Vivid Verses is a platform that boasts over 100 poets under its belt. Spoken word is growing rapidly in Nigeria, and Vivid Verses is right at the centre of the growth. It has given voice to both the known and the unknown, and is fast becoming a gem in the poetry world. It recently gave spoken word artists an opportunity to send in their content for a chance to have their poetry professionally produced. In light of this, we decided to interview the founder of Vivid Verses – Ayokunle Komolafe.
What inspired Vivid Verses?
Vivid Verses was born out of my love for poetry and believing that poetry should be given its rightful place in the society. I discovered that a lot of poetry recitations are restricted to open mic events and poetry slams, so I thought, why can’t we also have it on radio and television as a regular programme, this made me decide to create Vivid Verses as an avenue to showcase poetry on mass media.
Where does your love of poetry stem from?
Sometime in late 90s to early 2000, I discovered my ability to play with words. I then got interested in the works of Beautiful Nubia, who directed me to attend the readings of the Association of Nigerian Authors at the National Theatre, Lagos. I learnt a lot from the events and this actually sharpened my poetry.
What is your long term plan for Vivid Verses?
The long-term plan for Vivid Verses includes organizing big events to bring old and new poets together on one platform. The essence of such events is to also include people that are too busy to attend open mic events, for example, CEOs, business owners and military officers.
We are also planning workshops and competitions for secondary school students. These will be held quarterly and geared towards creating awareness for poetry performances in secondary schools.
There will also be competitions for poets across Nigeria and we are going to have different poetry shows on television.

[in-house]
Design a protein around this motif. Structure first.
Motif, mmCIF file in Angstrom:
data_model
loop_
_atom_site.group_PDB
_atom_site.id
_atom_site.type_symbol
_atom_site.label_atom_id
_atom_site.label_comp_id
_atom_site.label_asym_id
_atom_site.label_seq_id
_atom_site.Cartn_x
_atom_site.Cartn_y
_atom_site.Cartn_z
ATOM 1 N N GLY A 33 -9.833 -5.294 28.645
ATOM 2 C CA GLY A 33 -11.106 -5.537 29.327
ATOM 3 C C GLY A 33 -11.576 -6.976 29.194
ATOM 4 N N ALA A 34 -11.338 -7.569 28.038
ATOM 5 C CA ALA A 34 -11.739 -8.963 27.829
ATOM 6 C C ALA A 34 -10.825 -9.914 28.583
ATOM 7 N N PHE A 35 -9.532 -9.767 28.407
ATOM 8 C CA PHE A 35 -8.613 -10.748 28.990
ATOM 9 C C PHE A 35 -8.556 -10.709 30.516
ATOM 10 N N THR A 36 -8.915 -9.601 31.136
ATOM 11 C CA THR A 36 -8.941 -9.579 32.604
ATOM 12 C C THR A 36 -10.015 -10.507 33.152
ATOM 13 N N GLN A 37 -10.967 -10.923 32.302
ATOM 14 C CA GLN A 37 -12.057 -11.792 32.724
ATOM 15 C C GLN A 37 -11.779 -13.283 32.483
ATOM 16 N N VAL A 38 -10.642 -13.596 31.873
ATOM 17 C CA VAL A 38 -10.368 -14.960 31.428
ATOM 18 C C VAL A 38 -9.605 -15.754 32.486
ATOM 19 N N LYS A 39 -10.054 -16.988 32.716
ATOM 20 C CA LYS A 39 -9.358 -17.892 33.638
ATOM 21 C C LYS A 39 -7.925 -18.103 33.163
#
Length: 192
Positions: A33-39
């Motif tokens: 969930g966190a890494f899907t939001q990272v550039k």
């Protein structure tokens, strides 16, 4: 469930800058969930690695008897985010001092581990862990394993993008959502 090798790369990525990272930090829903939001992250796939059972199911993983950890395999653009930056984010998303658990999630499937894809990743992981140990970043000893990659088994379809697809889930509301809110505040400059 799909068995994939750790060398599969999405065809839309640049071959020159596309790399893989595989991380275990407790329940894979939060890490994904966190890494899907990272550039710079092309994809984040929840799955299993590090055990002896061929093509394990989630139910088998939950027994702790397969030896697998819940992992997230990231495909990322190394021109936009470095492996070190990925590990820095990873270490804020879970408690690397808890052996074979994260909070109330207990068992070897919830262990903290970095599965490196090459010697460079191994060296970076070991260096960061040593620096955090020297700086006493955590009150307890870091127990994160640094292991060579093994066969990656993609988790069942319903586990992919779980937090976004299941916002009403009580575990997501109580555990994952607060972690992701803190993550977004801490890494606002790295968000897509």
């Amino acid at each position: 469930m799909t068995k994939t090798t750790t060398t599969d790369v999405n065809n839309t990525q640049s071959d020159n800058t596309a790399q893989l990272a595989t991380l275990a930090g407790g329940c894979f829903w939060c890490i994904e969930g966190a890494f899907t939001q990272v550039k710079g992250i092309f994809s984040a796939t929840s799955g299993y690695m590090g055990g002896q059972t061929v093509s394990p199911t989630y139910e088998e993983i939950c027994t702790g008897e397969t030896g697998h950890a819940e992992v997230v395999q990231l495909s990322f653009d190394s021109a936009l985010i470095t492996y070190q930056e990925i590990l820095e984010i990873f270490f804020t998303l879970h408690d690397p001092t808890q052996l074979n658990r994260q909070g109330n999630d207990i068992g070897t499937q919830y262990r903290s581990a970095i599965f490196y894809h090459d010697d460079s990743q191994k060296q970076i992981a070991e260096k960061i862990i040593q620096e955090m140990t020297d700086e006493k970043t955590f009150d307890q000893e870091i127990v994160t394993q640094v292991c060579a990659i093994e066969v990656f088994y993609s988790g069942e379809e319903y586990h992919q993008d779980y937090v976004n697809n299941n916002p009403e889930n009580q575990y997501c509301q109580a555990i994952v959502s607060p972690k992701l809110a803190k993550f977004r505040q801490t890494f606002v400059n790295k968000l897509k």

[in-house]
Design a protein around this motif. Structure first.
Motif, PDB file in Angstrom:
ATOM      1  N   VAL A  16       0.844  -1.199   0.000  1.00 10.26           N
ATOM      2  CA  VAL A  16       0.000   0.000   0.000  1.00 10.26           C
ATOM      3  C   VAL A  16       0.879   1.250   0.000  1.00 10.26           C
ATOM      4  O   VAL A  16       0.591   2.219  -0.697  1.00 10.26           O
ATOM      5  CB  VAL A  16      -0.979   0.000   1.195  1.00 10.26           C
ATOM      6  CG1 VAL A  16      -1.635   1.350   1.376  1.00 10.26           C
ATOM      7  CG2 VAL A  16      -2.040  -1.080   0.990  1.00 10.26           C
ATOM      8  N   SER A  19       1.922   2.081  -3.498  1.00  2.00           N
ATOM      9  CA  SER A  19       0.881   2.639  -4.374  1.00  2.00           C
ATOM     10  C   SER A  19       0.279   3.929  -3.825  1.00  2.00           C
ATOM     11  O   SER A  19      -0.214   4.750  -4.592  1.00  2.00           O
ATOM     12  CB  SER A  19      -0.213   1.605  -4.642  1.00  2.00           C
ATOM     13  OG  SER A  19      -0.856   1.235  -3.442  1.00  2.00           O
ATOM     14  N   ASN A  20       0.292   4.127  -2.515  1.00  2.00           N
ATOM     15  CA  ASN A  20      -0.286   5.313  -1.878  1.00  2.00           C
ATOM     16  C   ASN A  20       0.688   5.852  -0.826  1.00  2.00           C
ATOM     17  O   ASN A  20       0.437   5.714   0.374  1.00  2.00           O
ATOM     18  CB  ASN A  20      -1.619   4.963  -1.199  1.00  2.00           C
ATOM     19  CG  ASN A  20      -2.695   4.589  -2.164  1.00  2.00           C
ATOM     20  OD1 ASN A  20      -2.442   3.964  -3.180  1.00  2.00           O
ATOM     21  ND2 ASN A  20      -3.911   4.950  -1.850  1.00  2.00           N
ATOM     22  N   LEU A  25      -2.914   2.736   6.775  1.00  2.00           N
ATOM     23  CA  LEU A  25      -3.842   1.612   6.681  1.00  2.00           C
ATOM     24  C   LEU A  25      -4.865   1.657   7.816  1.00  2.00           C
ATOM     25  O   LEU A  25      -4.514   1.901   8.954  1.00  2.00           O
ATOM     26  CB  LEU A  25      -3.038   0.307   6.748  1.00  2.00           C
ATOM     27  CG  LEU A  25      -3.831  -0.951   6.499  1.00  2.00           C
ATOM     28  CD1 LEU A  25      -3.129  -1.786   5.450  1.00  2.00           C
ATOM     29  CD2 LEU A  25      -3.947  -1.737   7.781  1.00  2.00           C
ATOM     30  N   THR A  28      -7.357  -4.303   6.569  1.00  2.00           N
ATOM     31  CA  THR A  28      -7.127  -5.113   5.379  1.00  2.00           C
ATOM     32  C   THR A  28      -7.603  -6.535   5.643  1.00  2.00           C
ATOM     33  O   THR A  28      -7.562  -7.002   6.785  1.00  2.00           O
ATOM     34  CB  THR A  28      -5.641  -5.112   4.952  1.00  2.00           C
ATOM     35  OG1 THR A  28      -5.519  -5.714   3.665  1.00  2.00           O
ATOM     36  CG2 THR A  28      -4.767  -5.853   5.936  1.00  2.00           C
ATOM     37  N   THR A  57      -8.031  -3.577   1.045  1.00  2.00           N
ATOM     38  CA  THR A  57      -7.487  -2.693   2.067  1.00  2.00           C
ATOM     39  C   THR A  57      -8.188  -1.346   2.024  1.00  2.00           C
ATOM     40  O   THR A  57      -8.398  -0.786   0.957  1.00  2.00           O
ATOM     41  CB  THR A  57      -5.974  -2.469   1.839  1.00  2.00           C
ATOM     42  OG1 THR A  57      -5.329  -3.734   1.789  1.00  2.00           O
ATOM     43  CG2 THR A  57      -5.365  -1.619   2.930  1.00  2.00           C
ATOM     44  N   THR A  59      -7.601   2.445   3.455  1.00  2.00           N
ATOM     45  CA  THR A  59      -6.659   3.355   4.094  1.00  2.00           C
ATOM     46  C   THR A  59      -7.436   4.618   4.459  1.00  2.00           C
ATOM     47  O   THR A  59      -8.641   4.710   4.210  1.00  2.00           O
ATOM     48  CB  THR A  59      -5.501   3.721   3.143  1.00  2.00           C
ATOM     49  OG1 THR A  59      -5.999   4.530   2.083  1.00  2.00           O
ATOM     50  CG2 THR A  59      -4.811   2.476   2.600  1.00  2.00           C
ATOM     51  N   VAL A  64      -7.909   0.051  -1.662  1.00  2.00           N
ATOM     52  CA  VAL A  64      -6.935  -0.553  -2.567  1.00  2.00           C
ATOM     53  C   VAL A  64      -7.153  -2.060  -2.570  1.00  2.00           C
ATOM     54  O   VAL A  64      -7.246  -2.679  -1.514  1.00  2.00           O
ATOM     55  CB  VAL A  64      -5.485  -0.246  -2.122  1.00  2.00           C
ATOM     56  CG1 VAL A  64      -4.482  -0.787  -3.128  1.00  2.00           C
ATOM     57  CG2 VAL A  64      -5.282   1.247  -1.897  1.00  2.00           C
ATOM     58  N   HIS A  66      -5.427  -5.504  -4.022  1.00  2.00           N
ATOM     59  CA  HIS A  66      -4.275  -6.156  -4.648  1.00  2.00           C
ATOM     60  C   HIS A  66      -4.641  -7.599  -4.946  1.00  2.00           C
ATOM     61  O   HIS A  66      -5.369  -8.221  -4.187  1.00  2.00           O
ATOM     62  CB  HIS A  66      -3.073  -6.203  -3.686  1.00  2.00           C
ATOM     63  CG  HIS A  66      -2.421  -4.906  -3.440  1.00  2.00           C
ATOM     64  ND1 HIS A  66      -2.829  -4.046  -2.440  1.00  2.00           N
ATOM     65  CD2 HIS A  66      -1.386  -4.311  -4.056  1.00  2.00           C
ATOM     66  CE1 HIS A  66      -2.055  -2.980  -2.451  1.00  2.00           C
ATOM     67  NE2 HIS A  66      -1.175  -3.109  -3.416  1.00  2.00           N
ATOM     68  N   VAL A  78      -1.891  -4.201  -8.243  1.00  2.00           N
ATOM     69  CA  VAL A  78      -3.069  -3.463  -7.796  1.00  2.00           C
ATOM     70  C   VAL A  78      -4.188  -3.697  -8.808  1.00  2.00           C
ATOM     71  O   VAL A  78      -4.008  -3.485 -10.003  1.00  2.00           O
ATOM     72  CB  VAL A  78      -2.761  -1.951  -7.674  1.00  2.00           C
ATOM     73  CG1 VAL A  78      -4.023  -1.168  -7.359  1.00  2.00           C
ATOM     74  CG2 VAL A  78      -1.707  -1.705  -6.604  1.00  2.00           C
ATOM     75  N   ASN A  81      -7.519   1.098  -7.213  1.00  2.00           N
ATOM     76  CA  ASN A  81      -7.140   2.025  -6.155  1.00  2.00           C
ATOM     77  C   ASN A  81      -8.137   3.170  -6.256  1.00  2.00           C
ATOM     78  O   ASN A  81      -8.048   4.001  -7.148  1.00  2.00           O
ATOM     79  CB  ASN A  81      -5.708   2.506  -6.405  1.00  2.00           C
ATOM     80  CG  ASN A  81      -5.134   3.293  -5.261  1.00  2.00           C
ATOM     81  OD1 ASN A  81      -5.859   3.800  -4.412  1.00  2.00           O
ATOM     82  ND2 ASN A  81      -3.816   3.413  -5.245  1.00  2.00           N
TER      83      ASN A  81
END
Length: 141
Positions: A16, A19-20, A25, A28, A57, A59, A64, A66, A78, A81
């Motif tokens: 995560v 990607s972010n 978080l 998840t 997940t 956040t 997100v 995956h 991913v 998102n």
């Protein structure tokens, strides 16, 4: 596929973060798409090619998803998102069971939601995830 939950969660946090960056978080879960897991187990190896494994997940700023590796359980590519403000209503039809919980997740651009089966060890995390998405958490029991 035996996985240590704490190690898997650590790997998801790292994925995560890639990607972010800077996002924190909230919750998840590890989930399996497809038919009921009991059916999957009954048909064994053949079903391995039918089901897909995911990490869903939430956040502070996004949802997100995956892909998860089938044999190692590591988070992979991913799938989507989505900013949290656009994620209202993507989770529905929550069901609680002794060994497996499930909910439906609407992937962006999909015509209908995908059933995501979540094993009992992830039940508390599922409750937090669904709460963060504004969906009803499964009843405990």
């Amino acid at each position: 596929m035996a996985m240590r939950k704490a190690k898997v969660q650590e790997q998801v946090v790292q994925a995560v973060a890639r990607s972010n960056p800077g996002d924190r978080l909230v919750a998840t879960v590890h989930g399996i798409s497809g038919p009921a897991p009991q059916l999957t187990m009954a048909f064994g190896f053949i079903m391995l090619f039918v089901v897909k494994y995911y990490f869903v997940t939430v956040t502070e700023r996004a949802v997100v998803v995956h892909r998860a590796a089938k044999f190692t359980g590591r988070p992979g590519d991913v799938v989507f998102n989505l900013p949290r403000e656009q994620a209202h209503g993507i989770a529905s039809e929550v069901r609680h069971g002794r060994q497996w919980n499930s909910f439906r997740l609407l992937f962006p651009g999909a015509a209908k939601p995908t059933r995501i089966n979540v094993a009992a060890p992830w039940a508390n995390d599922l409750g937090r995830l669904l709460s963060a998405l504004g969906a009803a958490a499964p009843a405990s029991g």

Have there been any surprises since you began Vivid Verses?
Yeah. I have discovered that so many people are into poetry but are barely known. I have met a lot of talented poets, both old and young. These discoveries fuel my passion to pursue the dream more than ever.
Where do you think spoken word in Nigeria is headed?
Spoken word poetry has come to stay. I foresee a huge industry that will be doing as great as the music industry is doing at present in Nigeria. We just need to work together to make it happen. So many poets want to work in isolation and many people are not even seeing the financial opportunity in poetry.
Everybody wants to be poetry slam organizer, which I don’t think should be so. It is like where every actor is a producer. Let each one identify a different sector of the industry, then work hard to develop it. There are many things to be done, we have – poets that can only write, we have the ones that can perform, we also have talent managers, event organizers, spoken word producers, video directors, marketers and so on.
If everyone abides in what he can do well instead of trying to do everything alone, I believe we can harness the power of togetherness to make poetry the next big thing in Nigeria.
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